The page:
I always tell my clients “your lawyer is not your therapist” a sentiment echoed by Sandra Davis in the Daily Mail article. Use your lawyer for the job you hired them for – to give you legal advice. Endless calls and emails because you are looking for reassurance is a waste of their time and your money. It may seem counter-intuitive, but having a team around you made up of different professionals who can help you will save you money in the long run. Divorce is hard, even when it’s your idea. Having a team to rely on that isn’t made up of your best friend and your mum is sensible. It means that you can still enjoy time with your friends and your mum without ruminating about your divorce constantly.
Decide what’s really important ahead of time
Be willing to compromise. Flexibility and the willingness to let go is key to having yourself time and money. Don’t sweat the small stuff. If he loves your late great aunts card table and you never really liked it, is it that big of a deal to let him have it? Principles are expensive. If the card table is worth a lot of money, how can its value be off-set elsewhere?
Remember, one day you’ll look back on this time. Do you really want to be the one who fought for something they didn’t want just because they could? Remember too that your children are watching, listening and absorbing everything you are doing. If you wouldn’t want your children to behave that way, or be treated in the way you are treating your spouse, think twice. What you show them is the model they believe to be true. HIstory often repeats itself in spite of our best intentions.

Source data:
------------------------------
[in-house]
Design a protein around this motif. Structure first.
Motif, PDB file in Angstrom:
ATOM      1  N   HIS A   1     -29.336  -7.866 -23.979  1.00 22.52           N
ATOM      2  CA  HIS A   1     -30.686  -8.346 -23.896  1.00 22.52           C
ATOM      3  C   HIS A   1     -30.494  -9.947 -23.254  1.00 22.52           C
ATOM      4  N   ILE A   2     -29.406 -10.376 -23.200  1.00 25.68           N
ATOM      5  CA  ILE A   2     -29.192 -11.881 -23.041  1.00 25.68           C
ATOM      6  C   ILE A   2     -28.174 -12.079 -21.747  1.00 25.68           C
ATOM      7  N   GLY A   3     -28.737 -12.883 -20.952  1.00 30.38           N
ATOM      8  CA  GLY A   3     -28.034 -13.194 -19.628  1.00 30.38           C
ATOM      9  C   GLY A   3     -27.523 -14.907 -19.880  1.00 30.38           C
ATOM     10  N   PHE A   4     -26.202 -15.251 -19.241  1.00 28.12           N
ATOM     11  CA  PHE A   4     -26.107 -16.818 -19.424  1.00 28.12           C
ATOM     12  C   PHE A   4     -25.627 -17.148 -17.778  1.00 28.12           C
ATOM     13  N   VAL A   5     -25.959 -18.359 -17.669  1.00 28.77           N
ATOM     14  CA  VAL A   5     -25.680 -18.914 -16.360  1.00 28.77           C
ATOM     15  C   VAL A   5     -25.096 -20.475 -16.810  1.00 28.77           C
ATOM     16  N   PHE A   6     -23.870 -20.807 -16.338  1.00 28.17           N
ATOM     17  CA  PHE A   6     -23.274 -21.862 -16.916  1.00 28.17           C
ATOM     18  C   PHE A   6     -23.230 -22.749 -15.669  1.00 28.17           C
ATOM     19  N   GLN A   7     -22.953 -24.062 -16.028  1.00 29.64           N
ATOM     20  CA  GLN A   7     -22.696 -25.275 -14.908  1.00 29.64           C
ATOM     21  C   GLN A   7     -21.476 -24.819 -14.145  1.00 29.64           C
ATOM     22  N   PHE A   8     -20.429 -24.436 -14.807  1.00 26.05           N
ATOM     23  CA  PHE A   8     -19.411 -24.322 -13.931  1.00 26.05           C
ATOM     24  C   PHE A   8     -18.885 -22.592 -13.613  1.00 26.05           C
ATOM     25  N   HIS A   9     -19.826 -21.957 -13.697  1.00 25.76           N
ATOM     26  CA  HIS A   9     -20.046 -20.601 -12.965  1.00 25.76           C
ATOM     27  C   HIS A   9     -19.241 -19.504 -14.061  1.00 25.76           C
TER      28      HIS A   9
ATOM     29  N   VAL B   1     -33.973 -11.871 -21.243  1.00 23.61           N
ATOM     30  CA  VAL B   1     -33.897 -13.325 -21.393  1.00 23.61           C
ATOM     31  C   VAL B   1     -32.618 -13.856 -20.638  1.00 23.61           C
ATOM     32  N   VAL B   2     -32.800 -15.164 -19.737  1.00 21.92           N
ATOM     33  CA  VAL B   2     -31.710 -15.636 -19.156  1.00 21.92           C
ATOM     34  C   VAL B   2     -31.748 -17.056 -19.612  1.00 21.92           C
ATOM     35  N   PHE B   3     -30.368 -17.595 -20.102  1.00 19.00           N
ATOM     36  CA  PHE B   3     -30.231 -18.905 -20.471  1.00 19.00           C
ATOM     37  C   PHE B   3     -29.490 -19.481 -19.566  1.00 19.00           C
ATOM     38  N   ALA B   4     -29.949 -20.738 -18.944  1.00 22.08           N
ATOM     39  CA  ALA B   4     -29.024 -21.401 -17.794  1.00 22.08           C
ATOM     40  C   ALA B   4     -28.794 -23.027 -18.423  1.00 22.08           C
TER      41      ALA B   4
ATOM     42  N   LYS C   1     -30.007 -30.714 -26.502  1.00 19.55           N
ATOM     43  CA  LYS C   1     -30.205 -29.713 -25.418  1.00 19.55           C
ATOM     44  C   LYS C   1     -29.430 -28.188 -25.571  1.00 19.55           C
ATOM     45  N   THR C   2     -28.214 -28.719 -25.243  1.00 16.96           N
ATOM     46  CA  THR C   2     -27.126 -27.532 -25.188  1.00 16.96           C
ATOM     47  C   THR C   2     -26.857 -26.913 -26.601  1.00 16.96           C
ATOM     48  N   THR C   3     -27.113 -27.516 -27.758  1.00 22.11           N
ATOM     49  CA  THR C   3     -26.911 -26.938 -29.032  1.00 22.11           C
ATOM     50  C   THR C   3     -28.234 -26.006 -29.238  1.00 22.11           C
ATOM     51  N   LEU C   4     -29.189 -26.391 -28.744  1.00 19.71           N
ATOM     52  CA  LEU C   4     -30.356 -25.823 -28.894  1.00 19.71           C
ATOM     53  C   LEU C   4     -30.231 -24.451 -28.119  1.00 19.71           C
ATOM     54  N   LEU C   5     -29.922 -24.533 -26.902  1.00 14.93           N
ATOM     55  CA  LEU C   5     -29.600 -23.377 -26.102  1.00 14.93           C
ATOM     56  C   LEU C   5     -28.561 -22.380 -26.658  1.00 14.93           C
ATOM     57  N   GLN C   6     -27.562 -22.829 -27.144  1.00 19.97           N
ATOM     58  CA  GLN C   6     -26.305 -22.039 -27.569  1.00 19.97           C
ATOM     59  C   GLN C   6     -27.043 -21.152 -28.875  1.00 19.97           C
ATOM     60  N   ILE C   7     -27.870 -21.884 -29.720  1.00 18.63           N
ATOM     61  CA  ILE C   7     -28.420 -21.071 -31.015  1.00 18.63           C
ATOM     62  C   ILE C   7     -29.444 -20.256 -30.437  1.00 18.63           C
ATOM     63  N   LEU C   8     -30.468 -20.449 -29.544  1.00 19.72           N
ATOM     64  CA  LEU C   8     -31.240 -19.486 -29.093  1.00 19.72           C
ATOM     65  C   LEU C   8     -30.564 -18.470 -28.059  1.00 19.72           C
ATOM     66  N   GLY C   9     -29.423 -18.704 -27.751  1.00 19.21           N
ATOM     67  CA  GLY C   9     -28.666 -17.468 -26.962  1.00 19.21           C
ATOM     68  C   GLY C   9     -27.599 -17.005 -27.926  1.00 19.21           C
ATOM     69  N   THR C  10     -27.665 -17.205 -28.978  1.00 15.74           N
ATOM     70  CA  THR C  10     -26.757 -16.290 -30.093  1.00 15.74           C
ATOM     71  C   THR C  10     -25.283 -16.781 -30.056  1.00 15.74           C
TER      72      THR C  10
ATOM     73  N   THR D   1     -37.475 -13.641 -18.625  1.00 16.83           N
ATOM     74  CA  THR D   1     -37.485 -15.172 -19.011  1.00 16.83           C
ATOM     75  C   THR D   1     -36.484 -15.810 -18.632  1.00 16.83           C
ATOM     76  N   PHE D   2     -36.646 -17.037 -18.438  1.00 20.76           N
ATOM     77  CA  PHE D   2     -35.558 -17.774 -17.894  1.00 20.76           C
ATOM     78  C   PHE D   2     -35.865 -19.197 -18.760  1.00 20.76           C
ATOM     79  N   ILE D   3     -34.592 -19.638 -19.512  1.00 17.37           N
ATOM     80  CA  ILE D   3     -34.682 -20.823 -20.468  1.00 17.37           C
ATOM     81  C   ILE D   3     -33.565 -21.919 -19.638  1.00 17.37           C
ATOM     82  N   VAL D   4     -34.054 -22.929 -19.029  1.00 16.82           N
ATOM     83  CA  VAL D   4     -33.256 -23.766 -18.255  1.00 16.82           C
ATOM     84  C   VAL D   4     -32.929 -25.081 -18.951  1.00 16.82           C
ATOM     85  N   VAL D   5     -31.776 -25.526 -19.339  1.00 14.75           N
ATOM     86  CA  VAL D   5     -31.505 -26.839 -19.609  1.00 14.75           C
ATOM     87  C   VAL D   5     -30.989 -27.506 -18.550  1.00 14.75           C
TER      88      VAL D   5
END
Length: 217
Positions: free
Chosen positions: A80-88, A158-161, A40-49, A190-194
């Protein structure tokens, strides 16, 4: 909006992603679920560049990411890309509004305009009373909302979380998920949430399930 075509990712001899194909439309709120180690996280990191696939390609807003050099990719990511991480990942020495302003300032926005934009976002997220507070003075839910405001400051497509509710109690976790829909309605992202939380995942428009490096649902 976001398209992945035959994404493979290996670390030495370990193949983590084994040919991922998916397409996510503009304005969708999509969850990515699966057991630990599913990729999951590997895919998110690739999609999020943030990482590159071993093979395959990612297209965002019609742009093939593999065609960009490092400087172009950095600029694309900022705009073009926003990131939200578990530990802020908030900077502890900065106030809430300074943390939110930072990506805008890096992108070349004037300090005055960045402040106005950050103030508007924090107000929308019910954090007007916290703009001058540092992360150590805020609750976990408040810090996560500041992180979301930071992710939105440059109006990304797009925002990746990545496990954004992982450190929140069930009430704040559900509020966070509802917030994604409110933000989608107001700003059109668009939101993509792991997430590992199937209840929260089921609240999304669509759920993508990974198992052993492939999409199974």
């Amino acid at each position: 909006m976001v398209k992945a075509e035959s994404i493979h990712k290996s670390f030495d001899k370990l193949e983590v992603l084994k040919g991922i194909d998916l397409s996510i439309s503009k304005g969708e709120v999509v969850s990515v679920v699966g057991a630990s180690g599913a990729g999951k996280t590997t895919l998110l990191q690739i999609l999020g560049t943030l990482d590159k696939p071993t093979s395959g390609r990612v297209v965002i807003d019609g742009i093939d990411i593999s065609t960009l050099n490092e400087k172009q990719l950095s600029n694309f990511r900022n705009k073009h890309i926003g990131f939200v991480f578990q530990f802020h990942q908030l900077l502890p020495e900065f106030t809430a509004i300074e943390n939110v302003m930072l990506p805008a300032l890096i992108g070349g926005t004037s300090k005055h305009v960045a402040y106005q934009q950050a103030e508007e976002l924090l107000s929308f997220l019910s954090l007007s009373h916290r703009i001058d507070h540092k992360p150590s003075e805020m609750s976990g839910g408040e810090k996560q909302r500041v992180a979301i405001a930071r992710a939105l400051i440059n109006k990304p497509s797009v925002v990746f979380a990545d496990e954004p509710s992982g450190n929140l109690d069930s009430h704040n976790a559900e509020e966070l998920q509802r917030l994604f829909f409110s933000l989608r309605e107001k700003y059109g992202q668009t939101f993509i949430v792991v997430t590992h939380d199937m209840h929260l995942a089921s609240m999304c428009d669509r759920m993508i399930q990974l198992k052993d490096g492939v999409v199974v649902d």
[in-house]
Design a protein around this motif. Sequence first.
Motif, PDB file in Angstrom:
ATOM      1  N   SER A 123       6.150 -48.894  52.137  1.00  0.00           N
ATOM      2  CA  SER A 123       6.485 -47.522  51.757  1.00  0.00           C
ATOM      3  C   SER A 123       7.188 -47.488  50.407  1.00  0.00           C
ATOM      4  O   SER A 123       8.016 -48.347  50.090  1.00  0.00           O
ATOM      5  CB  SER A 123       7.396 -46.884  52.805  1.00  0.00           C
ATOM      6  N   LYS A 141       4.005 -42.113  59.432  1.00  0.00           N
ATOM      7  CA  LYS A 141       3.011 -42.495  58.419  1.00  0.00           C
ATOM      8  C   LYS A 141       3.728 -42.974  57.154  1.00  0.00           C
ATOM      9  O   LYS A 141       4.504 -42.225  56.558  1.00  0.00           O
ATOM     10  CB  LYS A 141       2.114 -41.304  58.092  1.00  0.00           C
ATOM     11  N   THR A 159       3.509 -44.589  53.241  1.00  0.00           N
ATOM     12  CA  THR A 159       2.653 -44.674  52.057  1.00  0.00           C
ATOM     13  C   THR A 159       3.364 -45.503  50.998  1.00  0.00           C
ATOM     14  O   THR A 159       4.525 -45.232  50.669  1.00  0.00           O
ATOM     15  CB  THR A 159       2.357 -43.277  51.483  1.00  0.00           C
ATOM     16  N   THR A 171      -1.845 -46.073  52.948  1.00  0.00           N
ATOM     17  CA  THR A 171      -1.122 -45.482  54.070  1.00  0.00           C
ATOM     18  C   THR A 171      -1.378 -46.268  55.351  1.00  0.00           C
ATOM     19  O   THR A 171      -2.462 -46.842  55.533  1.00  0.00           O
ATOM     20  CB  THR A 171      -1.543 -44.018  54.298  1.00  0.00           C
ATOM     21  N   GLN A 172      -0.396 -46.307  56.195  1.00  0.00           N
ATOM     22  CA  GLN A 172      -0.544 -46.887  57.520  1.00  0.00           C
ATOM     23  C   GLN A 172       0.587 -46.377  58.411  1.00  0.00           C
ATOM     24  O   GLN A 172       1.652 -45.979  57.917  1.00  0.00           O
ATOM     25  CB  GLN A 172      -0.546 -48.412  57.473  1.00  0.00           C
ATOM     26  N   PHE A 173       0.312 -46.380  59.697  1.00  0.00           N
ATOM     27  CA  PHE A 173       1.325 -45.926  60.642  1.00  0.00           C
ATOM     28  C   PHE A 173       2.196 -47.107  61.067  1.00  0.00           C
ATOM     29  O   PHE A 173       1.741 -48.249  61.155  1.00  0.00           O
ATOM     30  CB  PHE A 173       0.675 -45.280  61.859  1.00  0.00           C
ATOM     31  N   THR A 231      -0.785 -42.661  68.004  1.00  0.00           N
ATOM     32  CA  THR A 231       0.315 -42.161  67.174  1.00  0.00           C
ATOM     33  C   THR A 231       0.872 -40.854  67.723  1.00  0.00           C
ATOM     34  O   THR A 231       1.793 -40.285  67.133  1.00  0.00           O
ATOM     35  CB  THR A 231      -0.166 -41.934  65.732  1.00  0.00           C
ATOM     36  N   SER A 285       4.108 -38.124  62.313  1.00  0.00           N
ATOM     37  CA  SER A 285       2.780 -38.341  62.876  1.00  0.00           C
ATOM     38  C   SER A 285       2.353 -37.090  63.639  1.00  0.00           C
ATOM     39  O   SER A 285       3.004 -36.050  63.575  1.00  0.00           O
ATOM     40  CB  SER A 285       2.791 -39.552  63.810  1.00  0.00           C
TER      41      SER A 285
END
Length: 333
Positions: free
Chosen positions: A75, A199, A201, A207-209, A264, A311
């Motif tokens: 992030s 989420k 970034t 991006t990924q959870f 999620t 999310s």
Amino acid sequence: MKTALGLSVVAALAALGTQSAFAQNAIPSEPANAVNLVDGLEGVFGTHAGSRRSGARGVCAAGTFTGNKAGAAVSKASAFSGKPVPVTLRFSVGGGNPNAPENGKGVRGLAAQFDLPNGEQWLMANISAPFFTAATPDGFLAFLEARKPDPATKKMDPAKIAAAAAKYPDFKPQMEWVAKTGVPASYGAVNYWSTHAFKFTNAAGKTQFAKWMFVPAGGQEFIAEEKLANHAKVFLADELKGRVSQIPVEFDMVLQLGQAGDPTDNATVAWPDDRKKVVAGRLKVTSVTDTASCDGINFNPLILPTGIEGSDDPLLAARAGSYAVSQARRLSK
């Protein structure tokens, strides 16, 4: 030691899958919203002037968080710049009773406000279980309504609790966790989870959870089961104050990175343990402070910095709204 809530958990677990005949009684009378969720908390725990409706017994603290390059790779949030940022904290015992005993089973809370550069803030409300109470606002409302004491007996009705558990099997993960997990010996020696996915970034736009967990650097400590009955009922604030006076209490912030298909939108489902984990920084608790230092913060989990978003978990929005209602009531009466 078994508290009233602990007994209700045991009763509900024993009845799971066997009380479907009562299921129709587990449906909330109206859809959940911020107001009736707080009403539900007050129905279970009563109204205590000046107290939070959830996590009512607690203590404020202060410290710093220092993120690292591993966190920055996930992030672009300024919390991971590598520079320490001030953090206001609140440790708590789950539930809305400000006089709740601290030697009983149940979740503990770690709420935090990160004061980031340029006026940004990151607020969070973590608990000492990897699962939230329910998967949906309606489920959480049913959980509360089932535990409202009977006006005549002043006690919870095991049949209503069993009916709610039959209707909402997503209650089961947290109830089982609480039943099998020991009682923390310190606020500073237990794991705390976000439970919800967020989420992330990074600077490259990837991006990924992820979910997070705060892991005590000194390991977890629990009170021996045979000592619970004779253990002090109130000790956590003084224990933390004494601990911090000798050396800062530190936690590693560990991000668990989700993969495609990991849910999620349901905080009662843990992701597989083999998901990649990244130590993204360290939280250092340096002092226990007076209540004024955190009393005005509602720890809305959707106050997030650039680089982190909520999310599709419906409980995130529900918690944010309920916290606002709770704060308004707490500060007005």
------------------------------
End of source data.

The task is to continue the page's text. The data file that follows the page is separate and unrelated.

This too shall pass
Whether yours is a multi-million pound divorce, or you and your husband are of more modest means, at some stage, your divorce will be over. Some people are hell bent on bad behaviour, hiding assets or spending everything just so their spouse can’t have it. Others are out for revenge and to punish. The only people that benefit in these circumstances are the solicitors who have to deal with these cases. Do they all love billing £100K plus? No. No they don’t. Many solicitors are saddened by the fact they are in court far too frequently dealing with needless applications because one party has the resources to keep issuing applications, or because one party won’t comply with directions. Don’t be that person. Think of the bigger picture – your life post divorce.
Understanding what you want and need from your divorce ahead of time helps you work out what is worth the ‘fight’ and what isn’t. It’s not about being a wallflower and walking away with your tail between your legs, it’s about knowing when your life and your future is more important than another round of litigation. Some people get so immersed in the drama they forget just how much it’s costing them both financially and emotionally. So you see, how to avoid ‘big money’ divorce mistakes is relevant whether yours is a ‘big money’ case or not.
Emma Heptonstall former lawyer is a divorce coach and family mediator. Author of the Amazon best selling book How to be a Lady Who Leaves she works with women supporting them to make smart emotional and financial decisions on divorce through 1:1 coaching, group programmes and an online self-study programme, Emma can be reached at firstname.lastname@example.org